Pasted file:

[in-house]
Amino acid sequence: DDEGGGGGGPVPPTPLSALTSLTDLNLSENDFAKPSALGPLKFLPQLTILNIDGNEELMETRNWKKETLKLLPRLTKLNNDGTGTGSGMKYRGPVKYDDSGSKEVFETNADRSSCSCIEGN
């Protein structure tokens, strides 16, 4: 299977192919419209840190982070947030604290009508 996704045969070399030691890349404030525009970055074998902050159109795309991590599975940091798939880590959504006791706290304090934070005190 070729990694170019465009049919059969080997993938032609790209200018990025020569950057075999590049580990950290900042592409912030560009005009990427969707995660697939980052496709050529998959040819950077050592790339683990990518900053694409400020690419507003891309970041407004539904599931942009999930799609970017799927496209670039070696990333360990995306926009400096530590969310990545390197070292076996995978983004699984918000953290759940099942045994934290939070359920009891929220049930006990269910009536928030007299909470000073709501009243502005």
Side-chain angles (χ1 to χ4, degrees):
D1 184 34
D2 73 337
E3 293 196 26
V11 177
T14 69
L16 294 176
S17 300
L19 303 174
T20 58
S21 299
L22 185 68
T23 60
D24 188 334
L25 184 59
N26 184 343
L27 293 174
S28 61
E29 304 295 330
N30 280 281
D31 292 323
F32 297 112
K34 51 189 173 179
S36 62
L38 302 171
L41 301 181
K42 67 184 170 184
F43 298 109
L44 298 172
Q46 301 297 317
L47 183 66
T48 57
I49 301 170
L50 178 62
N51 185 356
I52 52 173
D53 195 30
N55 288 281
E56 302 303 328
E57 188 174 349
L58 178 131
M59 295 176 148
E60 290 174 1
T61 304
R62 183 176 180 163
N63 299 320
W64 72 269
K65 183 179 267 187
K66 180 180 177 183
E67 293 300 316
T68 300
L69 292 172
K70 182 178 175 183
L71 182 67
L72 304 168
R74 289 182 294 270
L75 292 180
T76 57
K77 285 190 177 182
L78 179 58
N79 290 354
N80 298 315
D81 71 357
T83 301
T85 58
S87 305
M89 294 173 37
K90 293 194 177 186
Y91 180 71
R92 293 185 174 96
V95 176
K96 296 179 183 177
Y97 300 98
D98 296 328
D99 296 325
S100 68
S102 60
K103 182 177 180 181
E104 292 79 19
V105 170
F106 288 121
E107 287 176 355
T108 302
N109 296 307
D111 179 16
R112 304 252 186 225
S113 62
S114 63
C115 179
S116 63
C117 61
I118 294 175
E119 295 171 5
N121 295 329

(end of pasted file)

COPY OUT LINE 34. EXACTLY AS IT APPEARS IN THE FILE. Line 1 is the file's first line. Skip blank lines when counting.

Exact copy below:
L47 183 66